marcus dupree. his name was meant to echo through the ages, but that was a dream that never came to fruition. marcus dupree grew up in Philadelphia, Miss., and during the end of his high school football career in 1982, he was the most highly recruited football player ever.

the best that never was

Dupree was the focal point of ESPN’s episode of 30 for 30 titled: “The Best That Never Was”, which followed his path of bad decisions, coupled with poor advice which led his career to crumble. The media attention he received was unbearable for a simple country boy from a small town. Schools from all over the country were hot on his tail, and his team of advisors, ranging from his mother, to his uncle, to a family friend, were pulling him in all different directions.  Following his visit to Texas, most people in the media speculated that The Longhorns were at the top of his list. However, many people close to Dupree wanted him to attend Southern Miss because it was close to home. Oklahoma’s coach had a strong reputation for developing players, and he always put a winning product on the field. Dupree was torn. Had he had more time to think by himself, without the whole world breathing down his neck, his decision would have been more informed, and may have led him to a happier career.

When Heisman Trophy winner Billy Sims showed up at Dupree’s high school in February of 1982, Dupree was blown away, and he chose to attend Sims’ former school, the University of Oklahoma, while forsaking schools like Texas and Southern Miss. Immediately following Dupree’s signature, he knew he had made a mistake.

At Oklahoma, Dupree’s personality immediately clashed with the hard-nosed, working environment led by coach Barry Switzer. Dupree struggled his freshman year, and even when he achieved success, he was undisciplined.

After his freshman season, word got out that Dupree and Coach Switzer were not seeing eye to eye. The media had taken a comment made by the coach after the team’s Fiesta Bowl loss to Arizona State about Dupree being out of shape. Dupree and Switzer confirmed that they had not spoken very much during the offseason, but that didn’t stop the media from turning the comment into a s***storm of massive proportions. Sports Illustrated even published an issue with Dupree on the cover, titled “Clash of Wills at Oklahoma.”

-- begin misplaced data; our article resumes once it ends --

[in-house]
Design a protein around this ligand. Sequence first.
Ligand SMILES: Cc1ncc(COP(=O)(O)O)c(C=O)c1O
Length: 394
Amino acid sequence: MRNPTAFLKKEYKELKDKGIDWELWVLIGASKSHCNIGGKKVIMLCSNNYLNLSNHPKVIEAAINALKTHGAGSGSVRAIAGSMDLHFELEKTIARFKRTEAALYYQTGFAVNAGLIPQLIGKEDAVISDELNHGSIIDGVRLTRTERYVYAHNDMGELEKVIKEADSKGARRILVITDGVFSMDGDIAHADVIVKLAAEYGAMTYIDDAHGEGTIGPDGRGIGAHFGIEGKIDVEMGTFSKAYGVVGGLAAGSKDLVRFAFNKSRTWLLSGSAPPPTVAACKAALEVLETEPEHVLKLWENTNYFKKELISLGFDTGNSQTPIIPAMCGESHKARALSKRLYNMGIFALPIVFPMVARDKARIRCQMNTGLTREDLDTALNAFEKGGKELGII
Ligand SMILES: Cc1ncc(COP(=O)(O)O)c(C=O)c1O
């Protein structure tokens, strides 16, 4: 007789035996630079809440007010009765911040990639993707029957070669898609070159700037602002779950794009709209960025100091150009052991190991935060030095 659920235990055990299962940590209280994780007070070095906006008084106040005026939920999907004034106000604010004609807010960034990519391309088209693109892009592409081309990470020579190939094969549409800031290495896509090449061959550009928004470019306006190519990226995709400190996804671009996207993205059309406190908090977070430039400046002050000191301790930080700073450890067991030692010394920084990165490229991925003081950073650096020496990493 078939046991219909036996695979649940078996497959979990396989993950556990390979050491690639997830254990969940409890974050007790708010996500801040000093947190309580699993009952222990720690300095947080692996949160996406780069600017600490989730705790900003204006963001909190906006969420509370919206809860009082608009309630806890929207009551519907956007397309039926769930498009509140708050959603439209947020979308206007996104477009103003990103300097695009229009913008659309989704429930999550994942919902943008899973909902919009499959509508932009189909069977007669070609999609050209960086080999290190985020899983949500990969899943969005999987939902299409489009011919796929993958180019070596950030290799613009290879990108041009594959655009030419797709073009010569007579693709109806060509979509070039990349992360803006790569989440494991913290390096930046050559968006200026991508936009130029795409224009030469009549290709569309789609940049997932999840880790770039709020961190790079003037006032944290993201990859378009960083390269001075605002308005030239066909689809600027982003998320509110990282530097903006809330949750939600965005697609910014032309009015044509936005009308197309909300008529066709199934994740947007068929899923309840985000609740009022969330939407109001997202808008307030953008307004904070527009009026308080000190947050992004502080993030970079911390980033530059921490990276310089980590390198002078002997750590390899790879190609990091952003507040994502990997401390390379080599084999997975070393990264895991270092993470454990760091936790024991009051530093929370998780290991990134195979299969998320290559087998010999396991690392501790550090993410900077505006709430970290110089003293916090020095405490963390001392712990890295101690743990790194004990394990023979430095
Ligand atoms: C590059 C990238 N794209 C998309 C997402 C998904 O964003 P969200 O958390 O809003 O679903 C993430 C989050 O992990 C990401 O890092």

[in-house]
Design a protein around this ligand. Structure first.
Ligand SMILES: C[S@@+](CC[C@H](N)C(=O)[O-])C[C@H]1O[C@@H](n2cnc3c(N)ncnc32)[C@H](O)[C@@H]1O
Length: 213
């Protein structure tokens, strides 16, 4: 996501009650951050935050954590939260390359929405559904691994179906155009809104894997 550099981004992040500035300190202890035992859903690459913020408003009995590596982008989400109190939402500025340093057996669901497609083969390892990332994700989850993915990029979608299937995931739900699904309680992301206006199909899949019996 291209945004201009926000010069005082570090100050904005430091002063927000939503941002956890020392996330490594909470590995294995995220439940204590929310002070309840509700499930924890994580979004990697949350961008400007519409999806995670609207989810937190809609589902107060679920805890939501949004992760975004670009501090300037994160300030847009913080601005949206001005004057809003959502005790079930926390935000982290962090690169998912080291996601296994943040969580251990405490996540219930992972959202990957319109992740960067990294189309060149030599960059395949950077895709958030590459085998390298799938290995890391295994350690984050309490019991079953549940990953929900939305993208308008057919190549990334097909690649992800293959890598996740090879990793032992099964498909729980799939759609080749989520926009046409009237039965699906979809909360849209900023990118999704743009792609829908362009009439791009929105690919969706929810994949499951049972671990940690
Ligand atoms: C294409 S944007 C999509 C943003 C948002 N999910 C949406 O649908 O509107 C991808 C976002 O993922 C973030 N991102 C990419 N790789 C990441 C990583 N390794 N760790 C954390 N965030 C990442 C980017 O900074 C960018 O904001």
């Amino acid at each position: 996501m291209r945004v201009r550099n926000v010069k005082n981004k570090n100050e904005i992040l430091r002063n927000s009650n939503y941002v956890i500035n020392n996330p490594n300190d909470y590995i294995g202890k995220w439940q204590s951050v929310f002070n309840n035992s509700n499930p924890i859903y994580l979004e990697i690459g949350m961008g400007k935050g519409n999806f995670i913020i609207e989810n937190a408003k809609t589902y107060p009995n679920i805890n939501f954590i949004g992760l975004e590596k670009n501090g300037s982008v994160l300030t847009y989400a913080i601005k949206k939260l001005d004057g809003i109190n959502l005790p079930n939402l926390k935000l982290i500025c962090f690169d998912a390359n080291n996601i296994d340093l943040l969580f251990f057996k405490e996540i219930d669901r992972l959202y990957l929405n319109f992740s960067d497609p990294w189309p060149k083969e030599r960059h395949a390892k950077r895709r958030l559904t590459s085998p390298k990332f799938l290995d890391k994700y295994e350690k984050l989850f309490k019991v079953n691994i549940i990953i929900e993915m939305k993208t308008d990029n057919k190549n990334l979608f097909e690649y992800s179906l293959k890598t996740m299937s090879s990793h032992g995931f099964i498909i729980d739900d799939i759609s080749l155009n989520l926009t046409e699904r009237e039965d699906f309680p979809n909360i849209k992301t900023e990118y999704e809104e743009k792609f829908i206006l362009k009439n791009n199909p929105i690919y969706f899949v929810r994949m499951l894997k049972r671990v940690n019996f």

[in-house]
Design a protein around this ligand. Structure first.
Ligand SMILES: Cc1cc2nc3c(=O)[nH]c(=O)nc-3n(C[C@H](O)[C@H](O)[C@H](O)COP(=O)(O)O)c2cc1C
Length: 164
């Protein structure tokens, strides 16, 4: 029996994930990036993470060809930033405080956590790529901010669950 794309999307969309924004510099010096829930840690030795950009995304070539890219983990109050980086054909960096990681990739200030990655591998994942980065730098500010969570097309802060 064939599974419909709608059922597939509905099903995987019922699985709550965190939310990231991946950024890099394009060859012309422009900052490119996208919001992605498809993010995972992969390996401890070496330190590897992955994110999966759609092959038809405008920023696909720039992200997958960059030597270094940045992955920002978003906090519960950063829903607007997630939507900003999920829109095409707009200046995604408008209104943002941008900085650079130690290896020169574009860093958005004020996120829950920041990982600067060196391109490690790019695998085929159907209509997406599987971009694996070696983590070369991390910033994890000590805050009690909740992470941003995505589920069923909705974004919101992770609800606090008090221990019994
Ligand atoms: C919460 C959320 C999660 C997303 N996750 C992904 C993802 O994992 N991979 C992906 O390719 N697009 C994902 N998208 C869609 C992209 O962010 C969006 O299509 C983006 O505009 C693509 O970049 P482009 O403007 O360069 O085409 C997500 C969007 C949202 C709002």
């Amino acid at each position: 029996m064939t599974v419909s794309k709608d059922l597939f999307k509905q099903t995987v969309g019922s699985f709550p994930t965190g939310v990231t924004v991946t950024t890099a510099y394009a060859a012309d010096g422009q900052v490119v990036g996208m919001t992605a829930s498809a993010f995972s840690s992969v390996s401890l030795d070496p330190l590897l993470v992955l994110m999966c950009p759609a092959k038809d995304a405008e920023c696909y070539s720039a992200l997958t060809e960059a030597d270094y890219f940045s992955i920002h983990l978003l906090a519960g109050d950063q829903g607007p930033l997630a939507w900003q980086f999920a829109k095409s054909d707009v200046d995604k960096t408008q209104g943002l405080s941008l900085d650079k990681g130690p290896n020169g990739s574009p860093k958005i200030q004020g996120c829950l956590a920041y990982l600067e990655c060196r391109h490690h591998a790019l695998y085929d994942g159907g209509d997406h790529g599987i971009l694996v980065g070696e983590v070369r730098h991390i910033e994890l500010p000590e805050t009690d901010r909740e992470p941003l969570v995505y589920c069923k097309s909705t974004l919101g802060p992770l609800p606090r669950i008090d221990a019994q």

Dupree returned to Oklahoma for the beginning of his sophomore season, but soon disappeared. When he reemerged in Mississippi, he openly stated that he would not return to school. After further pressure from his family, he flirted with enrolling at Southern Miss, but eventually opted to play for a semi-professional team in the USFL. Dupree retired from football in 1992. He now works as a long haul truck driver.

I believe that the media has every right to speculate about the activities of athletes, especially when they are high profile players at a high profile football program. However, I have to ask whether it is ethical for media outlets to put such a massive amount of pressure on young kids who are struggling to find the best fit for themselves. We urge them to narrow down their lists, and place deadlines on them to decide. We also fail to stress to them the importance of contracts, how decisions need to be well thought out, and how decisions should be final.

Posted in football, football recruiting, sports | 1 Comment

will michelangelo play DE or OT?

although there are some sort of potato chips in existence which are actually blue in color, blue chips can also refer a very select group of annual high school football prospects.  in recent years, the media’s search for the toasty … Continue reading

Gallery | 2 Comments